In California, the foreclosure process starts when a "Notice of Default" is filed with the County Recorder. The trouble is that no proof of ownership of the loan is required and only the owner of the loan is legally permitted to file that NOD. But it gets recorded anyway. Our laws must be changed to require a notarized "Affidavit of Authority" to foreclose before starting the process.

For more information about the multi-faceted extent of the fraud, see hofj.org and the "12 steps of bank fraud" page, as well as article on page 4 of the May issue of connectionmagazineonline.com.
—Jeri Bodemar


Shannon Collins Memorial
Remembering Shannon: A public memorial for Shannon Kathleen Collins will take place at 2 p.m. Saturday, June 9 at the Duck Pond in San Lorenzo Park (137 Dakota St., Santa Cruz).

Collins’ sudden death due to a violent stabbing last month galvanized the community and sparked heated debate on safety/crime issues. The community of Santa Cruz is invited to this ceremony to celebrate Collins’ life. Speakers and musicians will participate in the event, which is designed as a time to reflect on the many ways Collins, who was the co-owner of Camouflage, touched the lives of locals and the town of Santa Cruz. Organizers suggest bringing blankets and/or chairs. The lawn will be open seating. For more details, visit rememberingshannon.com.
 

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Sun in Leo, Rosy Star, Venus and Uranus Retrograde

Three major celestial events occur this week. Wednesday, the Sun enters Leo, highlighting the heart center of everyone. Leo is a sign of deep sensitivity (along with Cancer). Wednesday is also the feast day of St. Mary Magdalene, one of the most misunderstood women in the Bible. Saturday, July 25, Venus turns stationary retrograde at 0 Virgo (progressed Regulus, the Law, Hall of Records). Venus retrogrades for 44 days and nights, forming one petal of a five-pointed rosy star (pentagram) in the sky (five retrogrades over eight years = star). Venus retrograde turns values upside down. Our usual sense of beauty, values, the real price of things, relationships—all turn into a bundle of confusion. We don’t seem to know anything. Luxury goods are mispriced, values are jumbled, we wonder who that person is we’re in relationship with. We don’t know where our money is or where it’s gone. Venus, in daily life, represents values (resources, money, possessions and quality of relationships). Venus retrograde asks, “What do I value?” Venus retrograde puts us in touch with what has changed and what is truly of value in our lives. Venus retrogrades from 0 Virgo to 14 degrees Leo (July 25-Sept. 6). Leo is about the self and our creativity, which is how we come to know and value ourselves. We “know ourselves through what we create.” In Venus (values) retrograde (inner focus) we will ask, “What are values (not just money and finances)? What are my values? What do I create? How do I value my creations? Do I value myself?” Sunday, Uranus—planet of all things new, revelatory and revolutionary—also retrogrades (from 20 to 16 degrees Aries) until the full moon of Christmas Day. Five months of Uranus retrograde. In July and continuing on through the following months we have many planets retrograding. Things therefore slow down. Everyone’s focus becomes subjective, hidden by veils and curtains. A time when inner reserves of strength are available. A time of protection.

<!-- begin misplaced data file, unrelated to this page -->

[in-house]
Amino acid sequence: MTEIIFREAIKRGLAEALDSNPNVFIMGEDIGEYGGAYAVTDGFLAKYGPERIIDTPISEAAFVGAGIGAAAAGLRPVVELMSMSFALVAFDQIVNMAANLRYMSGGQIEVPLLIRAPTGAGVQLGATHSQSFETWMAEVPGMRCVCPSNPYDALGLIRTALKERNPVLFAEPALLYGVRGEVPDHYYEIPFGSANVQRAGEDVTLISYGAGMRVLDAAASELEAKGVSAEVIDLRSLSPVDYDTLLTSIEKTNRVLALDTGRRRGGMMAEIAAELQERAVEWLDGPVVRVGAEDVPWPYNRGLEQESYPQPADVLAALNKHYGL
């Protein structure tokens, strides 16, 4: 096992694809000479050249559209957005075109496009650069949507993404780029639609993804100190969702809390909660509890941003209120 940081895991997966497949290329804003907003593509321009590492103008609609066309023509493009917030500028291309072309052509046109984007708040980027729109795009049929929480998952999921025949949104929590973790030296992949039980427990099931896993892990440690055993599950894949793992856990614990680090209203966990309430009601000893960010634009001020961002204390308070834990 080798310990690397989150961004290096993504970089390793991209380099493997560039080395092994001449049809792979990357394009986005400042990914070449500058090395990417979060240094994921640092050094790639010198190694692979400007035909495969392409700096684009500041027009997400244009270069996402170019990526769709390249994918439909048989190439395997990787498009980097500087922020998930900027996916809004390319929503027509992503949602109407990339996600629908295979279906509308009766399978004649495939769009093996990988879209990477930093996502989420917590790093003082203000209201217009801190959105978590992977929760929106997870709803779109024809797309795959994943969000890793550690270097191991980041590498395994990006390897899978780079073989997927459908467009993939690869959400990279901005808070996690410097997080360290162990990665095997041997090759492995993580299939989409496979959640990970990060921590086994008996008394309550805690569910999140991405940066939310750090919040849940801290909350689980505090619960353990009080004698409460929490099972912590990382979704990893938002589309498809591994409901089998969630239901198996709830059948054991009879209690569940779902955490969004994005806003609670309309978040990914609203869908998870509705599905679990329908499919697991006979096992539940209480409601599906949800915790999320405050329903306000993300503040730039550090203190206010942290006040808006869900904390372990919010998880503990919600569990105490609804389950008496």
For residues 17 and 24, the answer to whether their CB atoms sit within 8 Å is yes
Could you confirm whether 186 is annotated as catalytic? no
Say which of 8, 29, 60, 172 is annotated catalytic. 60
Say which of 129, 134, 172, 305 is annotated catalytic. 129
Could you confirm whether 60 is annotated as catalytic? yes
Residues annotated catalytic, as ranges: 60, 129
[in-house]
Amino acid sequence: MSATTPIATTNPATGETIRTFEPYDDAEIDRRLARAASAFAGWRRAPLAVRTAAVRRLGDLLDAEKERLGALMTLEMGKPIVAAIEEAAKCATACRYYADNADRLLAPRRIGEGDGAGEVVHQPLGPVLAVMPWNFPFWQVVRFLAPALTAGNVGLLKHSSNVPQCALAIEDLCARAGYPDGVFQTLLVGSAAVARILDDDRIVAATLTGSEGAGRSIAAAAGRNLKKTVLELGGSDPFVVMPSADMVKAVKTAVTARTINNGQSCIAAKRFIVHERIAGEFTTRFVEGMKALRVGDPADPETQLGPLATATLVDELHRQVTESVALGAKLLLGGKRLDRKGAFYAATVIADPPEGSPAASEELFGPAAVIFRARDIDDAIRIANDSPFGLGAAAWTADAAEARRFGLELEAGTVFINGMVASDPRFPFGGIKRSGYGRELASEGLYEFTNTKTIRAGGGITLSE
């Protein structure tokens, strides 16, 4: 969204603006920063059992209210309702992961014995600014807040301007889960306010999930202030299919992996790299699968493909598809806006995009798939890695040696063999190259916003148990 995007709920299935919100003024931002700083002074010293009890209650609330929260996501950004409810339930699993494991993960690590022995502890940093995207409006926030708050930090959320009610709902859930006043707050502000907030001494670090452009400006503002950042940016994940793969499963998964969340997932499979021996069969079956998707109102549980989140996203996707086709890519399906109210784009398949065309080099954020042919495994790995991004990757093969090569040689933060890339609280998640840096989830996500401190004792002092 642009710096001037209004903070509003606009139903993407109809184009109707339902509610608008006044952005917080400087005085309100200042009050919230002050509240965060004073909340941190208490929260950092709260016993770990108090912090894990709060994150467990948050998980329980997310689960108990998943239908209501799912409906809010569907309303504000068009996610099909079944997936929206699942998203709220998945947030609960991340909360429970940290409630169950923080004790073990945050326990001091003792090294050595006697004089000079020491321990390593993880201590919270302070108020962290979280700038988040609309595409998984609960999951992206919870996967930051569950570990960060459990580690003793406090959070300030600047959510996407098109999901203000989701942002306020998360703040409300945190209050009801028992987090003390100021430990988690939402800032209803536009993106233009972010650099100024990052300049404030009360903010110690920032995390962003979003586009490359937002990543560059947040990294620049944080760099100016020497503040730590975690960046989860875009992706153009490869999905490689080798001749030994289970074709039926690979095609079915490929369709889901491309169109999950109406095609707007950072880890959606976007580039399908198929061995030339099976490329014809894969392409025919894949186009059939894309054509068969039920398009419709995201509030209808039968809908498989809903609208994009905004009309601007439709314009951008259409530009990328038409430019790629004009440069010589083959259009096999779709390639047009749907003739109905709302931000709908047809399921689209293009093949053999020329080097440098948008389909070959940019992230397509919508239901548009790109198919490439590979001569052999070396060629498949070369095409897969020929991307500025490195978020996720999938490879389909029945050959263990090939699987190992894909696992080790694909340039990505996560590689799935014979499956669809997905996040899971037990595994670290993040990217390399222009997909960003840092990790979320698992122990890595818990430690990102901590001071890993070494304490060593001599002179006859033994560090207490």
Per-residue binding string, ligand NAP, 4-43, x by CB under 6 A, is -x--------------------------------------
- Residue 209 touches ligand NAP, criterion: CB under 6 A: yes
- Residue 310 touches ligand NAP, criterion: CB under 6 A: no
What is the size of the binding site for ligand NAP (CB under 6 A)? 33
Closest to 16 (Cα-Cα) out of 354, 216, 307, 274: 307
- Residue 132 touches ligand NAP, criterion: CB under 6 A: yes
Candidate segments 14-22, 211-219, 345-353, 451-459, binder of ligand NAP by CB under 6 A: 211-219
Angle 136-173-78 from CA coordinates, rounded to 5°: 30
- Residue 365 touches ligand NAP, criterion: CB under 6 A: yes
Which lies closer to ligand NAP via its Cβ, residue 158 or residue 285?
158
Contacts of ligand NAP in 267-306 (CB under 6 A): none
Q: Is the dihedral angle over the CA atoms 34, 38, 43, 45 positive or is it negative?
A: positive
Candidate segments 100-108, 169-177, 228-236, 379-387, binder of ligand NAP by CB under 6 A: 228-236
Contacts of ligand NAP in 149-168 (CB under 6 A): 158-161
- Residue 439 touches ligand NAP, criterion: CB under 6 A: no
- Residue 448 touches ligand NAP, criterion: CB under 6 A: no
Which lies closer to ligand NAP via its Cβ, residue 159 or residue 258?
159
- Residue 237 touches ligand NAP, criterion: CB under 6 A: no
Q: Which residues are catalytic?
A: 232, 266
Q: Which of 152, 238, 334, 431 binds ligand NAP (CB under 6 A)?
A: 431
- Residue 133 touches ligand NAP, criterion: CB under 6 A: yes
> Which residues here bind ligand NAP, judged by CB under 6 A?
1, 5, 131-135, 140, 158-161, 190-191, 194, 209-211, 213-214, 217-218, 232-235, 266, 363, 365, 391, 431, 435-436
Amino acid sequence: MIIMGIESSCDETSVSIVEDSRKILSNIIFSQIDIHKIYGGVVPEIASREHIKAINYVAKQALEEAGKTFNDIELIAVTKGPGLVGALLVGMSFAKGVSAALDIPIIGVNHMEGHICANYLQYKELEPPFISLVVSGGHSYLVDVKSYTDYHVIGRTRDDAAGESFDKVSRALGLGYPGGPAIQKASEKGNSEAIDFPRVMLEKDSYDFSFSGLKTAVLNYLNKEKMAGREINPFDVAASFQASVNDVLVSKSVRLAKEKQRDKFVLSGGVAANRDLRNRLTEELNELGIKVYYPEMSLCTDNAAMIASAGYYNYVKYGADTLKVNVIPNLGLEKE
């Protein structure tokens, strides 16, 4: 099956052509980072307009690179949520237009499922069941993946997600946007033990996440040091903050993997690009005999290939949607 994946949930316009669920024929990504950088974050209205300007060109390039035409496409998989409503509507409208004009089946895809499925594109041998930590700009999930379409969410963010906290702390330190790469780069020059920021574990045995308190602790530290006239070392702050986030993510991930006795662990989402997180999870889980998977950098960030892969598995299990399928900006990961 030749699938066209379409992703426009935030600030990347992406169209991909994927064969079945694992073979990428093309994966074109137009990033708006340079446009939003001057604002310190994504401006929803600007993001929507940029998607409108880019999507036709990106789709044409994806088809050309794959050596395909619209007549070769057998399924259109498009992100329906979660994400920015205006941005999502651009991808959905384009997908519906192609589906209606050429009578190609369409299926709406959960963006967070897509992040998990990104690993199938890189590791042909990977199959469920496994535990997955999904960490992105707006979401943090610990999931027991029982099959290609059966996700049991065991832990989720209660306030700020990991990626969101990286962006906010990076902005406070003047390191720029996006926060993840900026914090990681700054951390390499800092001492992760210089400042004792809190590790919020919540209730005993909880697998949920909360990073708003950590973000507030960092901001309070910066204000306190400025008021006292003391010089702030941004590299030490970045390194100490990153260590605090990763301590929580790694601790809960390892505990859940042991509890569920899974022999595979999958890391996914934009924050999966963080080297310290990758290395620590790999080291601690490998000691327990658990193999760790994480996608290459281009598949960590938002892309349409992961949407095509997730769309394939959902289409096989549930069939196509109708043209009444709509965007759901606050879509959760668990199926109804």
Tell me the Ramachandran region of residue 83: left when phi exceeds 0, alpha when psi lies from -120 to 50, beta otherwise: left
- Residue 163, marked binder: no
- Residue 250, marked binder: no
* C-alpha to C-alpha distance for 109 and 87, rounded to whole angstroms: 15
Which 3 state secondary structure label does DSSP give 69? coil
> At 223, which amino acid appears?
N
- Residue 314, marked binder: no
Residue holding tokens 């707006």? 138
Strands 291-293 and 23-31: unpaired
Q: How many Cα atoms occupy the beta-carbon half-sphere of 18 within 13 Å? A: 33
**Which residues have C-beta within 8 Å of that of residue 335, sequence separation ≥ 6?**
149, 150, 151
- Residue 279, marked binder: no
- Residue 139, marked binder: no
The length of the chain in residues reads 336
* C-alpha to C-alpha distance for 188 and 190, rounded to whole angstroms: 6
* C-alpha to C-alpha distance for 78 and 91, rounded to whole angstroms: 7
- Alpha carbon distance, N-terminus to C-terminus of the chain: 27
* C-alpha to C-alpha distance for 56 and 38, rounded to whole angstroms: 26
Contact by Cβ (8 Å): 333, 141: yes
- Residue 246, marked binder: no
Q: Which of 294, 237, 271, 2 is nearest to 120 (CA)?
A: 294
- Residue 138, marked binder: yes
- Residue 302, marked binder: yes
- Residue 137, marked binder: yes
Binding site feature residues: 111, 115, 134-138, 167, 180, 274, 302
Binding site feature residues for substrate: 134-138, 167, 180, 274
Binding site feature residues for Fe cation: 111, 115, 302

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Film, Times & Events: Week of July 24